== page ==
Miscarriages are more common in very young women or women over 35. Many people think that minor injuries or distress can cause miscarriage, but there is no medical evidence to support this.


Blighted Ovum

Despite the fact that it is a fairly common complication, few people have heard of blighted ovum, also known as an anembryonic pregnancy. Simply put, a blighted ovum is when normal conception, implantation, and growth of the placenta happen but no fetus develops. A blighted ovum always ends in a miscarriage within the first trimester and is in fact the cause of 50% to 60% of all first trimester miscarriages. Unfortunately, there is nothing that can be done to prevent it.

What happens with Blighted Ovum?

Since the implanted egg is fertilized, it is natural to assume that everything should progress normally with the pregnancy. With a blighted ovum though, the body can detect that something is wrong with the fertilized egg and therefore stops developing it. It is your body's own way of ensuring you have a healthy pregnancy and baby.

While it is not known exactly what causes a blighted ovum, most experts believe that some sort of chromosomal abnormality with either the egg or the sperm prevents the normal development. However, this abnormality is not indicative of future problems. Although a blighted ovum is common, it usually happens no more than once. Therefore, your health care provider will not refer you for genetic testing. If you experience two or more consecutive miscarriages though, then you may be referred for genetic testing.

It is also possible to have a blighted ovum with a twin pregnancy. In this case, one of the fertilized eggs does not continue to develop while the other does. The blighted ovum does not affect the second fertilized egg. In a twin pregnancy, blighted ovum may also be referred to as blighted twin (disappearing twin).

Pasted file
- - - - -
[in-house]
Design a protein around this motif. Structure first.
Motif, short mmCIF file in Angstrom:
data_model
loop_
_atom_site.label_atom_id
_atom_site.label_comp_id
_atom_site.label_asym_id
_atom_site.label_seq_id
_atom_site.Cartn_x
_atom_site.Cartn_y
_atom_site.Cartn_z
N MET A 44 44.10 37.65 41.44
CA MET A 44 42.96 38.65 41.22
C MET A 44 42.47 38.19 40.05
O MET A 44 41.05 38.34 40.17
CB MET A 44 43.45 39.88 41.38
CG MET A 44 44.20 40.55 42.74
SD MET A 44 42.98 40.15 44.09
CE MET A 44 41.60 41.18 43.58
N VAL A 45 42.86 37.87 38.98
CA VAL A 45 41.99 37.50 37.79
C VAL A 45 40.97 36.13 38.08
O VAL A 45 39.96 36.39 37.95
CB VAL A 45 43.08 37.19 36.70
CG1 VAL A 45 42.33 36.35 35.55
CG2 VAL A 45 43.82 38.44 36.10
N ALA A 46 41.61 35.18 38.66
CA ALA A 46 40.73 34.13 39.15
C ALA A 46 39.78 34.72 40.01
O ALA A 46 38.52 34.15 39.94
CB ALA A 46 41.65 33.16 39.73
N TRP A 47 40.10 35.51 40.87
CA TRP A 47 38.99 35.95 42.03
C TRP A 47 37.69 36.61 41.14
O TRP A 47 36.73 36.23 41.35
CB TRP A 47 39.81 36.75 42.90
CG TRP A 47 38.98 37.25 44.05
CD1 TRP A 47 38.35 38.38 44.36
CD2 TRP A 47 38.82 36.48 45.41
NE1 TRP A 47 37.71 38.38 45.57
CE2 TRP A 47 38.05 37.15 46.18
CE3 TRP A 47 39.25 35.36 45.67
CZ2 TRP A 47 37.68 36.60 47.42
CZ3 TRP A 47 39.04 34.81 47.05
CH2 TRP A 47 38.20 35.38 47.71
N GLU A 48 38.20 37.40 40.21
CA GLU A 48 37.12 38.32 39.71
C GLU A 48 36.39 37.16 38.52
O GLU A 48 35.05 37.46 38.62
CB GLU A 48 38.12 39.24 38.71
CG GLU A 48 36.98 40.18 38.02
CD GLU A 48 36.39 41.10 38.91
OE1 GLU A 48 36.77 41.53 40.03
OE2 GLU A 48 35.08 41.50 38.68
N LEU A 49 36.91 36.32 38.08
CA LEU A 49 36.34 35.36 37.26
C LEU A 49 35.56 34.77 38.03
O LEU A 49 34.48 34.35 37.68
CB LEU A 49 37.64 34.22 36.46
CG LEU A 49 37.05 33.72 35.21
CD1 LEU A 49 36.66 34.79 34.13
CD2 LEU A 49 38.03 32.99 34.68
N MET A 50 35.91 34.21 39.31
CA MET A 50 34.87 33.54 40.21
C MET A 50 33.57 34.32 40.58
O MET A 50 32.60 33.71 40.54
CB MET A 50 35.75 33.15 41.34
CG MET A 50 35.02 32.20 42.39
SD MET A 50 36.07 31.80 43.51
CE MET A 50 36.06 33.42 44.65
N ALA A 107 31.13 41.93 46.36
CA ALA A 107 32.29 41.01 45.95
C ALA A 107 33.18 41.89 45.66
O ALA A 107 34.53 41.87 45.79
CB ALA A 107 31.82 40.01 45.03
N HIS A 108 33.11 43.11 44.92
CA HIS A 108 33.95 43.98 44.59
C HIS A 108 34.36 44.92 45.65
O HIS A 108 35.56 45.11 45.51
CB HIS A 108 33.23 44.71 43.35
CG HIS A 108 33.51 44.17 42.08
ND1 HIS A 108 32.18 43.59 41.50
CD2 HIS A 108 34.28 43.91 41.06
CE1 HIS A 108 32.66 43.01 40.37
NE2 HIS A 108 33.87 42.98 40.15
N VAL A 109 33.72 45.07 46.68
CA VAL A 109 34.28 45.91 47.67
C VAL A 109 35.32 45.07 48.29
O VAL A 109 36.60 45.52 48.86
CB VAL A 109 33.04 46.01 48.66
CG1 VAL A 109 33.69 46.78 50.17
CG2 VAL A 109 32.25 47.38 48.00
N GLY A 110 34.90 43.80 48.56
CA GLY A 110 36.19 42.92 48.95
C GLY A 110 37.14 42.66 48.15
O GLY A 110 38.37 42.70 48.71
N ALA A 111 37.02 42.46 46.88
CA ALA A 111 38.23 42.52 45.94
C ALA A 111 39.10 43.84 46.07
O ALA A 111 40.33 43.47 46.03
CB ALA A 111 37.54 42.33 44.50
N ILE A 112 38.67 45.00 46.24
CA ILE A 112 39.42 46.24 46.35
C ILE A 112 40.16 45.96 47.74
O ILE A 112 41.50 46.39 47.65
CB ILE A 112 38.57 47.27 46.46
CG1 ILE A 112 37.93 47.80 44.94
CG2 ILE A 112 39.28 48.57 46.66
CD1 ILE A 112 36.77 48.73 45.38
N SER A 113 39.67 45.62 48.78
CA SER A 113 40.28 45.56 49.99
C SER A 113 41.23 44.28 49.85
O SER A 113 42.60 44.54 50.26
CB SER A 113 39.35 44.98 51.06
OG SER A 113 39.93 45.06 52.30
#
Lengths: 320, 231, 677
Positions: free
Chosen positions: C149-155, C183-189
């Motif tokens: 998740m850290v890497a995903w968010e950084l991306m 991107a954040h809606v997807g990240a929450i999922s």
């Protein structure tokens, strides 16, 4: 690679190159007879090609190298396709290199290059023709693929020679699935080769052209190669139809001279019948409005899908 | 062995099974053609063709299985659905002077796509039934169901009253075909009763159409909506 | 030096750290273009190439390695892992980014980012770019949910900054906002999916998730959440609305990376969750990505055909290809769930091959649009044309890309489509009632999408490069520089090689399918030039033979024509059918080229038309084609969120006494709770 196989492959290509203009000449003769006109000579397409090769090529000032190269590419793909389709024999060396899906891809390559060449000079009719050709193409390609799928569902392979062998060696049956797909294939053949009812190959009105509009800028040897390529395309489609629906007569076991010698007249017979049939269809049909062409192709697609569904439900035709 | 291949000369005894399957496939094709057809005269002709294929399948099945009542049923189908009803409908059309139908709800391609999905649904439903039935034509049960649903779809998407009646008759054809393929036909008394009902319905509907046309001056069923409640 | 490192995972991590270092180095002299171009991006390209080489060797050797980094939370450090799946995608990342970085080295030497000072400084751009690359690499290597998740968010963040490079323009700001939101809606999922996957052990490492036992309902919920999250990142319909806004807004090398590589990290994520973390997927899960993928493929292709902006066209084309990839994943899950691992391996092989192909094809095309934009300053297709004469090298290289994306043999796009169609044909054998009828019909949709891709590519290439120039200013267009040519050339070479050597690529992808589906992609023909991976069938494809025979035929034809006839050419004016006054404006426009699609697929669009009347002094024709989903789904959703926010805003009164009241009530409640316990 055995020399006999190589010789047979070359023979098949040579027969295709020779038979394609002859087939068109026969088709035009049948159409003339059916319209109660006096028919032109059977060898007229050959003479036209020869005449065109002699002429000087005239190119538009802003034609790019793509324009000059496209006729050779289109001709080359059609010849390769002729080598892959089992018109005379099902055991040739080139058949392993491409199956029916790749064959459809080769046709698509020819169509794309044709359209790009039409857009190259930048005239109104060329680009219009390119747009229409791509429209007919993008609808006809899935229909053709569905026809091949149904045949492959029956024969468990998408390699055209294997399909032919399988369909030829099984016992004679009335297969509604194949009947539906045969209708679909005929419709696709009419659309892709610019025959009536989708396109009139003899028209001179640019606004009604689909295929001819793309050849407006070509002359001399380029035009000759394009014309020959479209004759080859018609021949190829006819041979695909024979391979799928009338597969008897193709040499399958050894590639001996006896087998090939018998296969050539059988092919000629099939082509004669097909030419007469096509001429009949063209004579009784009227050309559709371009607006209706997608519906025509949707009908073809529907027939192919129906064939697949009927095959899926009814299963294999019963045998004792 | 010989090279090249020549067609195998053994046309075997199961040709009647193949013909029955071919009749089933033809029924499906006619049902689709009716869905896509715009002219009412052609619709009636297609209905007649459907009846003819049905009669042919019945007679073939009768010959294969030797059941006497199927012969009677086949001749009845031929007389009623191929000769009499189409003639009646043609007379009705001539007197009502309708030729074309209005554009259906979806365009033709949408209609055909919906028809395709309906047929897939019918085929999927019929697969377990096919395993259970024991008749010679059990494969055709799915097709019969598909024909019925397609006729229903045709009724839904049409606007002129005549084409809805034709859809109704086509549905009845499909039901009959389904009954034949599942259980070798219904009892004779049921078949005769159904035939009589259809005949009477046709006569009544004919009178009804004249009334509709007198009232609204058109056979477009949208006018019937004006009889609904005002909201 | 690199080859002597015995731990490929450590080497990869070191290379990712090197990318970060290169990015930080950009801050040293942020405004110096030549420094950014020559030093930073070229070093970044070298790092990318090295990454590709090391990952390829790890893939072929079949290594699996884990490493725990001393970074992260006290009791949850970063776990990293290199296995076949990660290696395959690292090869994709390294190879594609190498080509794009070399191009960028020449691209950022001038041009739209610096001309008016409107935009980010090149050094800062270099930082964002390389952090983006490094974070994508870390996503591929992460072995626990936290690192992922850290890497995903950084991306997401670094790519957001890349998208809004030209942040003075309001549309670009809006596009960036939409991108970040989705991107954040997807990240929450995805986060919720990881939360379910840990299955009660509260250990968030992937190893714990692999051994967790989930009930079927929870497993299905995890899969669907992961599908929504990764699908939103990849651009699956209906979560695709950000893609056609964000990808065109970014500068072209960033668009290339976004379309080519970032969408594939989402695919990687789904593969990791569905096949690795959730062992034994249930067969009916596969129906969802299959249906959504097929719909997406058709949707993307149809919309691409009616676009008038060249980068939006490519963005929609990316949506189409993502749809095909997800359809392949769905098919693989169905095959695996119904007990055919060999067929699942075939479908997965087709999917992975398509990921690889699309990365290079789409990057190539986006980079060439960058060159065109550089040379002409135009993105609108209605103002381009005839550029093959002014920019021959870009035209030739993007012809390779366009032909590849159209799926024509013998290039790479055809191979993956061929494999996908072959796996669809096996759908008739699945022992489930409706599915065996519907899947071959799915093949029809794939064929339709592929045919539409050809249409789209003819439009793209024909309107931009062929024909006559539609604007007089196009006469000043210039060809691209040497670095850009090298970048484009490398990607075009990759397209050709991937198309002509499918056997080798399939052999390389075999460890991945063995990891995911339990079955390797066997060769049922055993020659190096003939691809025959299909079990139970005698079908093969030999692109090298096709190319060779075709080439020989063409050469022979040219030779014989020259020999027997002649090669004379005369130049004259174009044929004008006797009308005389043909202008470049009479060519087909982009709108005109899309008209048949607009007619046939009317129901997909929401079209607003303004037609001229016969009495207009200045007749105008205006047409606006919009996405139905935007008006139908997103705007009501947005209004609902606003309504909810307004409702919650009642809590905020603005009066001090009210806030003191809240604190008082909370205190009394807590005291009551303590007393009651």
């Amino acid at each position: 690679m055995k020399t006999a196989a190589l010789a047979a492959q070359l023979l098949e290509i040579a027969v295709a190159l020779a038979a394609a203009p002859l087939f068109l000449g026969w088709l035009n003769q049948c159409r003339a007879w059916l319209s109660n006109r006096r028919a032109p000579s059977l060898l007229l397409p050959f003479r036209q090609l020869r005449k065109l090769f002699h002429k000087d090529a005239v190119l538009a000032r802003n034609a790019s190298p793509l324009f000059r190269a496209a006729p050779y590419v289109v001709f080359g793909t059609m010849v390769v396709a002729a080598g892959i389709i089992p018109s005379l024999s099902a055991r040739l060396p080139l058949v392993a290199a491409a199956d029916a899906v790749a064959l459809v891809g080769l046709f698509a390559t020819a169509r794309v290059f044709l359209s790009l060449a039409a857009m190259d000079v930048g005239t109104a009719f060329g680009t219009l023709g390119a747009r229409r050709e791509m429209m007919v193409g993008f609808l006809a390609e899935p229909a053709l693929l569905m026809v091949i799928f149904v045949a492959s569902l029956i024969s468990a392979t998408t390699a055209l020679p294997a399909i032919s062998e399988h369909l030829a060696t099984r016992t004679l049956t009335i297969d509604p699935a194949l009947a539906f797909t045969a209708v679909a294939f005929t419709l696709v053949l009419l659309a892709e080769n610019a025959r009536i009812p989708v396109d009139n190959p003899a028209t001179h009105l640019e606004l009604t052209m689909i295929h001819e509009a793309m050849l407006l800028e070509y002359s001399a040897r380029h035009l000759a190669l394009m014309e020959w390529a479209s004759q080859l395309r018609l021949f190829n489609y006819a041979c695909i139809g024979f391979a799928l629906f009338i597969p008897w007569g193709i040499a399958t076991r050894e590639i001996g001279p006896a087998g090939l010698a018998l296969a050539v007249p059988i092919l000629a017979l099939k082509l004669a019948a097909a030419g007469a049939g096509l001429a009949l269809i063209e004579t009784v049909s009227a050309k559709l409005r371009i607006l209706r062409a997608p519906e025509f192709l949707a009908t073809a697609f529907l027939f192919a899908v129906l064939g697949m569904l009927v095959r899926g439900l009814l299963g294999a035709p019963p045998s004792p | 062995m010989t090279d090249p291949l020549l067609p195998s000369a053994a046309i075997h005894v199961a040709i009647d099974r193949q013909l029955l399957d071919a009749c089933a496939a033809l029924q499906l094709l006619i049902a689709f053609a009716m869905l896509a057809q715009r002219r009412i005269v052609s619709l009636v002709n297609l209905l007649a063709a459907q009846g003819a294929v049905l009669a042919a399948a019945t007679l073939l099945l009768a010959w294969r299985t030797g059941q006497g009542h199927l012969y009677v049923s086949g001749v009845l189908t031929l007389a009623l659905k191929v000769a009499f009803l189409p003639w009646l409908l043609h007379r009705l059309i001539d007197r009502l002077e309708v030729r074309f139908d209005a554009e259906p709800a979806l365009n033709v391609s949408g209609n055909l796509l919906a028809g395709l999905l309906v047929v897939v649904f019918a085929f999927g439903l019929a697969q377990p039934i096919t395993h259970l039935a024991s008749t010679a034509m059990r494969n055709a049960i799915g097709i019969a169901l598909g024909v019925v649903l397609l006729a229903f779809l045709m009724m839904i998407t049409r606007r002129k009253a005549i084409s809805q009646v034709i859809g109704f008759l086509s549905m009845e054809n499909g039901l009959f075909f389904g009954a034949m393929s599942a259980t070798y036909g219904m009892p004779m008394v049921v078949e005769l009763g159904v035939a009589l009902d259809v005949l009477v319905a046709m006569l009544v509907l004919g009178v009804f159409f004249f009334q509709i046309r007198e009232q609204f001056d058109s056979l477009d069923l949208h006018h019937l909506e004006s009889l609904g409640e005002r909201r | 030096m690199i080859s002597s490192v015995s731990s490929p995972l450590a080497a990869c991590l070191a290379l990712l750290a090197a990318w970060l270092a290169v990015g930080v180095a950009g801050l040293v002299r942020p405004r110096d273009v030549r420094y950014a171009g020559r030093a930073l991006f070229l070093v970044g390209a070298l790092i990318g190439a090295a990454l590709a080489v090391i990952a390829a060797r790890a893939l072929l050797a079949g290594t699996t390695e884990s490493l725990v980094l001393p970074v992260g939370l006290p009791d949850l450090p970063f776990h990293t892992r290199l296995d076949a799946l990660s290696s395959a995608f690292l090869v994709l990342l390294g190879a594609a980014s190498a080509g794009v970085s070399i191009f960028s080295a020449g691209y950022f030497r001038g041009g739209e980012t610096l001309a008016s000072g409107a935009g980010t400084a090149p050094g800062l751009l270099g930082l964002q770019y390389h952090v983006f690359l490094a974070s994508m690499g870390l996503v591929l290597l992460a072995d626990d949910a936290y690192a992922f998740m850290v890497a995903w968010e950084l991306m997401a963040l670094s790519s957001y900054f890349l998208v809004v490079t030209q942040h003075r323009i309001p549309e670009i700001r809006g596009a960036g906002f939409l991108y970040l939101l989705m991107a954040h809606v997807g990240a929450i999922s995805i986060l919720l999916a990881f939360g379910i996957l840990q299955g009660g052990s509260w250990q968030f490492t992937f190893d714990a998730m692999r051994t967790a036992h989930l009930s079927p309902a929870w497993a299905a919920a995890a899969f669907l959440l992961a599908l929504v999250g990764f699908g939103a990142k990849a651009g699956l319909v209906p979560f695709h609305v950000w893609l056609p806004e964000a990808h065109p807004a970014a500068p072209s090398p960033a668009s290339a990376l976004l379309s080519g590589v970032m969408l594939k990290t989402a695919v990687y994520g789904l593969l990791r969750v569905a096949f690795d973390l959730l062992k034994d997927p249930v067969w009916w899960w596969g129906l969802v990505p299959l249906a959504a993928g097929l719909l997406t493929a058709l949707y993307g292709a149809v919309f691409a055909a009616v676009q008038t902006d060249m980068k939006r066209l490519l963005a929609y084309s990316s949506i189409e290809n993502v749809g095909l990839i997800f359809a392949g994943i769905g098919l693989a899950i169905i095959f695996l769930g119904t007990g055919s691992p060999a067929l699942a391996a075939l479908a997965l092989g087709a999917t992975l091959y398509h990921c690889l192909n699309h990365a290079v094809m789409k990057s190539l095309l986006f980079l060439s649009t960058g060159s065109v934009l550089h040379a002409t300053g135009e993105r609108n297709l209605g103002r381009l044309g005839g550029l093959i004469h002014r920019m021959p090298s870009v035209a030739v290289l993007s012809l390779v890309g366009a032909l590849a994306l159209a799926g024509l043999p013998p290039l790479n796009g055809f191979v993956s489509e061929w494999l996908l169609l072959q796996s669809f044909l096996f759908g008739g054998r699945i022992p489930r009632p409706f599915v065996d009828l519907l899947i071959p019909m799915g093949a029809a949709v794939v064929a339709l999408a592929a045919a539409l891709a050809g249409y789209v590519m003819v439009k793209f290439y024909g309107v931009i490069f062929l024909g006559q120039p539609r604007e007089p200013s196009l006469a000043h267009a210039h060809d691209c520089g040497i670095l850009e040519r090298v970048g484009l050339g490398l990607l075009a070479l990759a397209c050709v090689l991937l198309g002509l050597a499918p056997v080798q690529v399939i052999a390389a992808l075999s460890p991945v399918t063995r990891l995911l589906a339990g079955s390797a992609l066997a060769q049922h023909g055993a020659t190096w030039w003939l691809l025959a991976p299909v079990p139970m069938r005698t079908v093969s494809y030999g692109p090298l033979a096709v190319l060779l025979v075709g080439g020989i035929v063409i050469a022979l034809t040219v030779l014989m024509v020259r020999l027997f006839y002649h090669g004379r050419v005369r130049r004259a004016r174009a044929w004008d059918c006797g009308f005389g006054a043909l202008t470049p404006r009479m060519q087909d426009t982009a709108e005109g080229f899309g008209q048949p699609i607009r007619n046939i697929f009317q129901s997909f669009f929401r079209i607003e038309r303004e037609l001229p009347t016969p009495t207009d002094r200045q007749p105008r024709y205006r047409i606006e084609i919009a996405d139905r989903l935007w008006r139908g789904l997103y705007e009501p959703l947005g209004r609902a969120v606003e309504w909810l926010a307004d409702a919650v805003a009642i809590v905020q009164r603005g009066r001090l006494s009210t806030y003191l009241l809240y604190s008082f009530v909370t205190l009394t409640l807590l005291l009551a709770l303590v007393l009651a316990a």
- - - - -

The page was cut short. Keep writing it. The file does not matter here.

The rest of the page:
Bleeding or Spotting in pregnancy


Light bleeding or Spotting

Spotting is light bleeding from the vagina similar to, but much lighter than, a period. It varies in colour from red to brown. While this is not exactly normal, light bleeding or spotting during pregnancy, particularly during the first three months is fairly common. Some spotting in early pregnancy can be quite normal and does not pose a threat. However, because bleeding is the most common warning sign of impending miscarriage, any sign of spotting or bleeding should be reported to your healthcare provider immediately.

The type of spotting or bleeding during the first trimester of most concern is fresh blood, or bright red especially if this is accompanied by cramping. While this type of spotting or bleeding can be serious, it is not always mean a miscarriage is occuring. Your caregiver will most likely give you an ultrasound to try to determine the cause and see if a miscarriage is likely.

The presence of an embryonic heartbeat is highly reassuring. When visualized by sonography, more than 90% of pregnancies continue. The rate of pregnancy loss with positive heartbeat varies with gestational age and the presence of vaginal bleeding:
  • Heartbeat at < 6 week., With bleeding 33% are lost, 16% are lost if no bleeding present
  • Heartbeat at 7-9 week., With bleeding 10% are lost, 5% are lost without bleeding present
  • Heartbeat at 9-11 week., With bleeding 4 % are lost, 1-2% are lost without bleeding present.
The prognosis for the living embryo improves as gestation proceeds.

Heavy bleeding or unusually long periods

Abnormal uterine bleeding - vaginal bleeding that is different from normal menstrual periods. It includes very heavy bleeding or unusually long periods (also called menorrhagia), periods too close together, and bleeding between periods. In adolescents and women approaching menopause, hormone imbalance problems often cause menorrhagia along with irregular cycles.

Sometimes this is called dysfunctional uterine bleeding (DUB). Other causes of abnormal bleeding include uterine fibroids and polyps. Treatment for abnormal bleeding depends on the cause.

The vast majority of women go on to conceive after a miscarriage with no problems.

  • It is recommended, though, that you wait anywhere from one to three months after miscarrying before you conceive again.

  • Even if you are physically ready to conceive, you may not be emotionally ready. Take your time and grieve if that's what feels right for you.